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I am often in charge of researching new sub-topics in my discipline for short papers. I find my default technique is:

  1. Search Google Scholar for best-guess keywords
  2. Open relevant-looking resulting paper, skim
  3. Find new references in that paper, open new tabs for those papers while reading first paper
  4. Look at new papers, find new references and key words. Open new tab for new Scholar searches
  5. Decide those key words aren't useful after all
  6. Make valiant attempt to figure out which of the 20 open tabs are still worth keeping open, which papers are worth adding to Zotero, which papers are worth downloading.

Clearly, I am not of a methodical mindset. I'm beginning to wonder if I took 5 sec to add each paper author-year-keyword to a small notepad app on the side of the screen before I opened the article, that might help me keep track of the mess. Or something. Does anyone have a simple workflow for this "brainstorming" phase that would work well for the non-methodically minded? I'm a Chrome/Google type rather than an Apple type, if that matters.

  • You could try making a mindmap. There are some software tools for that which are fairly easy to use. – Marc Claesen May 9 '14 at 21:30
  • If the idea is just to impinge on your consciousness ideas from a not-quite-random selection of papers, I can't imagine a quicker way to find such a selection. If you have a different goal of categorizing, you might instead look at the dictionary of keyword lists that sometimes accompany papers. I might come up with an actual answer if I knew more about your goals motivating this endavour. – Not Quite An Outsider May 9 '14 at 22:04
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    The biggest problem is by the time I get back to an early paper, I can't remember what I hoped to learn from it. I am wishing for some sort of breadcrumb trail, or automatic "history" of what I've visited that I can make quick notes on. But more ephemeral than Zotero, because I will likely only keep 10-20% of what I find. – Adrienne May 10 '14 at 2:52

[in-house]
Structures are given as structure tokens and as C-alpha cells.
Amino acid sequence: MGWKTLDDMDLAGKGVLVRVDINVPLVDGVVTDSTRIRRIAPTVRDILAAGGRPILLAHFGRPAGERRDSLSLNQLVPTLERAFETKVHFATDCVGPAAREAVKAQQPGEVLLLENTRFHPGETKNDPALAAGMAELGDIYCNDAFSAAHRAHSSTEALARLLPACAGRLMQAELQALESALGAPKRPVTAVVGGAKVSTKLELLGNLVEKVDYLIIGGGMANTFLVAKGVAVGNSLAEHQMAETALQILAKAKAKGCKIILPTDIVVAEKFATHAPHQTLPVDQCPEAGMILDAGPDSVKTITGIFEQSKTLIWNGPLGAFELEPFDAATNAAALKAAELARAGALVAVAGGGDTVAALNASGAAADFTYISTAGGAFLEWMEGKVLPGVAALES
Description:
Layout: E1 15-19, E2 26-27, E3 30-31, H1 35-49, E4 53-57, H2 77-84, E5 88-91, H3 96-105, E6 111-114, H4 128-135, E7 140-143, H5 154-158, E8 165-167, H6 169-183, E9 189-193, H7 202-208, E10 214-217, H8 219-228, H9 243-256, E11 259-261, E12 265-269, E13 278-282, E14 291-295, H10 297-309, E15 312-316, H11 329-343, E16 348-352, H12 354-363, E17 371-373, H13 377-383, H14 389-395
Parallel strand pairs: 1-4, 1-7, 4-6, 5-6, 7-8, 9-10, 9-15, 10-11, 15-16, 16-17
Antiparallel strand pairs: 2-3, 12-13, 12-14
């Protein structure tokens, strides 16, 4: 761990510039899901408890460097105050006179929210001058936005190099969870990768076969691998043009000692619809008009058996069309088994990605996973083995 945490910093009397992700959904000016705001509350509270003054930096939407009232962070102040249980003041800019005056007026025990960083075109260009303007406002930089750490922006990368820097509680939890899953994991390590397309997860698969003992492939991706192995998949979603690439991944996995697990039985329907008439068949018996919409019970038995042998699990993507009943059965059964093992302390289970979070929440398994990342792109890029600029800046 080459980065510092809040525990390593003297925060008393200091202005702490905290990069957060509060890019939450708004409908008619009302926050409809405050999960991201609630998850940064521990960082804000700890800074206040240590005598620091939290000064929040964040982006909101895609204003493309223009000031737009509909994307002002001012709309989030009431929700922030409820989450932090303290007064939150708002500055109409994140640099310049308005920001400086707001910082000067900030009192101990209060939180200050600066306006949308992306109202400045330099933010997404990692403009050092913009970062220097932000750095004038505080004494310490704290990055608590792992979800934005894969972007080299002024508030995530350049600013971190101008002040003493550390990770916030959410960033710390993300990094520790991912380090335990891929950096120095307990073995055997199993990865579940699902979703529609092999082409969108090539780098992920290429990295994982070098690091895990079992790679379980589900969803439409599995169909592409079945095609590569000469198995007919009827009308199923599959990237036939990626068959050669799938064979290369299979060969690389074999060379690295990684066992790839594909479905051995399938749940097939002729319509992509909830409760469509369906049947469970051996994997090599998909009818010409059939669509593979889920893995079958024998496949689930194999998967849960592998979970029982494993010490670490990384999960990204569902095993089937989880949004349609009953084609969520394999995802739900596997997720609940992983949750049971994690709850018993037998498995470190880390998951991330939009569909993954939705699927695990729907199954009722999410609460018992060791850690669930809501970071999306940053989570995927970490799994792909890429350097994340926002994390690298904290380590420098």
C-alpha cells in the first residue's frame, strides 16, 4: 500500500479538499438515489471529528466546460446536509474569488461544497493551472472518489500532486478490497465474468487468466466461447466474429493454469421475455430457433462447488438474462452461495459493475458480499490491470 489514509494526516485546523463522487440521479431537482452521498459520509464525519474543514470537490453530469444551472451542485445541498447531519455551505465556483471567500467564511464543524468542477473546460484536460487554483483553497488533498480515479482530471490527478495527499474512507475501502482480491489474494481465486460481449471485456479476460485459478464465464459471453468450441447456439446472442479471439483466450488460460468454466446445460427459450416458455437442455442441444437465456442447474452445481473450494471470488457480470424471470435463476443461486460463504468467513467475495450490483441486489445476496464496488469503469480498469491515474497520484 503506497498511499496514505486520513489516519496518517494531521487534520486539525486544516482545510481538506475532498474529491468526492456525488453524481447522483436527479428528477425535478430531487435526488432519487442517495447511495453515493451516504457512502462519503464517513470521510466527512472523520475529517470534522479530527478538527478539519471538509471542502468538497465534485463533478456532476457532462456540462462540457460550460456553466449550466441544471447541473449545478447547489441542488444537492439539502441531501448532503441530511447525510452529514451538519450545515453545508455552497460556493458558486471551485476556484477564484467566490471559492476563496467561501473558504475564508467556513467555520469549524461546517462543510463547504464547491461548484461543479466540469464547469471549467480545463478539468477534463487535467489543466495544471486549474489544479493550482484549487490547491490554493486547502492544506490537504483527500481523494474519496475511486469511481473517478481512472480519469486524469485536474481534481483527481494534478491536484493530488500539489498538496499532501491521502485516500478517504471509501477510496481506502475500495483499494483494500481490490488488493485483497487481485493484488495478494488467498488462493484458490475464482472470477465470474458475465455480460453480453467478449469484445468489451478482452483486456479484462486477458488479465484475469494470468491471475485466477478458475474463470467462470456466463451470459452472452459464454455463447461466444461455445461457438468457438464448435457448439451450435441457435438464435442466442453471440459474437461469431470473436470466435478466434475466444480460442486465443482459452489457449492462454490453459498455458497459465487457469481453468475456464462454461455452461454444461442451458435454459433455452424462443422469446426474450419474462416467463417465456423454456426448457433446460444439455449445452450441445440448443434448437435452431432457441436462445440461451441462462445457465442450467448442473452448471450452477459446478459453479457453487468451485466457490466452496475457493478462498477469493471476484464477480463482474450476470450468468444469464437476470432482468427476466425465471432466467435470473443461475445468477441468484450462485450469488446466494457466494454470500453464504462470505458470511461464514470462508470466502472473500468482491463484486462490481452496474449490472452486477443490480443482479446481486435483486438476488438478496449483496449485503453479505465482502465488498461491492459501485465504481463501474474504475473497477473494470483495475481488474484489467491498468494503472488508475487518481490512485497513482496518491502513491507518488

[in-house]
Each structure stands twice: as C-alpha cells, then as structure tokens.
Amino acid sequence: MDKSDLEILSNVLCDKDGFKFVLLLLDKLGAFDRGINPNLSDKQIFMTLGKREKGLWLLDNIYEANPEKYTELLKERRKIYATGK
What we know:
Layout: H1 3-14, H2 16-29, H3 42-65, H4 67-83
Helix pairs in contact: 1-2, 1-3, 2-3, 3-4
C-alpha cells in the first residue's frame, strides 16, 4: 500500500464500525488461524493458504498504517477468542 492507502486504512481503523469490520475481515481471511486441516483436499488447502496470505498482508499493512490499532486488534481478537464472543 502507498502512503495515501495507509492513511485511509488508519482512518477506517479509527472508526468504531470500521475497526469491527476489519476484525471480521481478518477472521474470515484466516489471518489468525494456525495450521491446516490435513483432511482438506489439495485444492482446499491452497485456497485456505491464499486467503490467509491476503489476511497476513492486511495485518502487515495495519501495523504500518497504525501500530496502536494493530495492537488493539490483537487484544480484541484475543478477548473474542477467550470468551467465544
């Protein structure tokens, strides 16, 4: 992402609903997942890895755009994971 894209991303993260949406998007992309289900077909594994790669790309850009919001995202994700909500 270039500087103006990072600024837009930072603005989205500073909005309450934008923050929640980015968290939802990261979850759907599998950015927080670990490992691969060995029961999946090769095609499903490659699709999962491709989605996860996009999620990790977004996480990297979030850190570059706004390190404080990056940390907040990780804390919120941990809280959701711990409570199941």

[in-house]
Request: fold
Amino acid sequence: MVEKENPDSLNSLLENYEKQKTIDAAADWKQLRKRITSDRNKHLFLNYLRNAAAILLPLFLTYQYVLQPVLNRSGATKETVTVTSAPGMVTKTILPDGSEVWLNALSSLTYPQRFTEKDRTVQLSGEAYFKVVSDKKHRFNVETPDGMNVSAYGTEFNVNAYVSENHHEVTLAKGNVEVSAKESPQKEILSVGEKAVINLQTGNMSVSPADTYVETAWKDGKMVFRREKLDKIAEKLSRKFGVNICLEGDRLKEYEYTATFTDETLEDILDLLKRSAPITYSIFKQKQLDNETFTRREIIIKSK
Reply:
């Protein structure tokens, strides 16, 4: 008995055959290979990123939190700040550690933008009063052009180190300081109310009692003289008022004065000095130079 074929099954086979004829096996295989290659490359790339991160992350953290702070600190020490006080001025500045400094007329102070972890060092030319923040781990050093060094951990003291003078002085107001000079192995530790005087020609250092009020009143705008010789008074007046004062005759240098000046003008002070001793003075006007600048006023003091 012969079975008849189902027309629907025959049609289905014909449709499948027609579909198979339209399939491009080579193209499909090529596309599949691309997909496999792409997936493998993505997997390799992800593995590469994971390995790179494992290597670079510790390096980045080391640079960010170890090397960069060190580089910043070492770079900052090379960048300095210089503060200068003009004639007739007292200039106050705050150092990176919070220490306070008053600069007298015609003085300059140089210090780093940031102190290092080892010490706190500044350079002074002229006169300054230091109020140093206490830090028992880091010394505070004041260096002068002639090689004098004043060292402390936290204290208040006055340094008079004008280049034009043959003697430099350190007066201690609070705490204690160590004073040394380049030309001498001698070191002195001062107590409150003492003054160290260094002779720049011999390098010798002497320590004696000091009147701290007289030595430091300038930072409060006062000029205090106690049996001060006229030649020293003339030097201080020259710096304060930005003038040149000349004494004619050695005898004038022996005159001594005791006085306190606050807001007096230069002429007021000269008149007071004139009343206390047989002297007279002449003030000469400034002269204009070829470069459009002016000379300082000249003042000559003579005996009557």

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My workflow/suggestion would be to keep this all in Zotero. I'm a big believer in keeping the number of tools one uses relatively small and becoming very proficient at using ones favorite tools. I use a collection ("Inbox") dedicated to items I may or may not keep and don't have time to read right away. I will then go through those items periodically and either throw them out (remember you need to "Move to trash" or shift+delete - just pressing delete will just delete them from the collection.) or file them in the right collection and delete them from "Inbox". To quickly remind you of why you saved the items, you could either attach Zotero notes or you could use tags, including colored tags if you can make do with only a couple of short keywords. Finally, since you will always save items into Zotero right away, you can sort the collection by "date added," which should give you a good idea of the context in which you saved an item. Since you're using Zotero Standalone, you'll want to use alt+tab to quickly move back and forth between Zotero and your browser.

  • I am a fan of Zotero but I lose the track of my research when I am having huge number of references. – Enthusiastic Engineer Feb 2 '15 at 9:41
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I use Papers for this, because not only does it let you organize your citations, but it lets you search and import documents directly from the program, rather than having to bring them into a manager.

Basically, I create a new folder for this particular brainstorming session, everything I find that's worth skimming gets imported, and then the ones that don't pan out get deleted.

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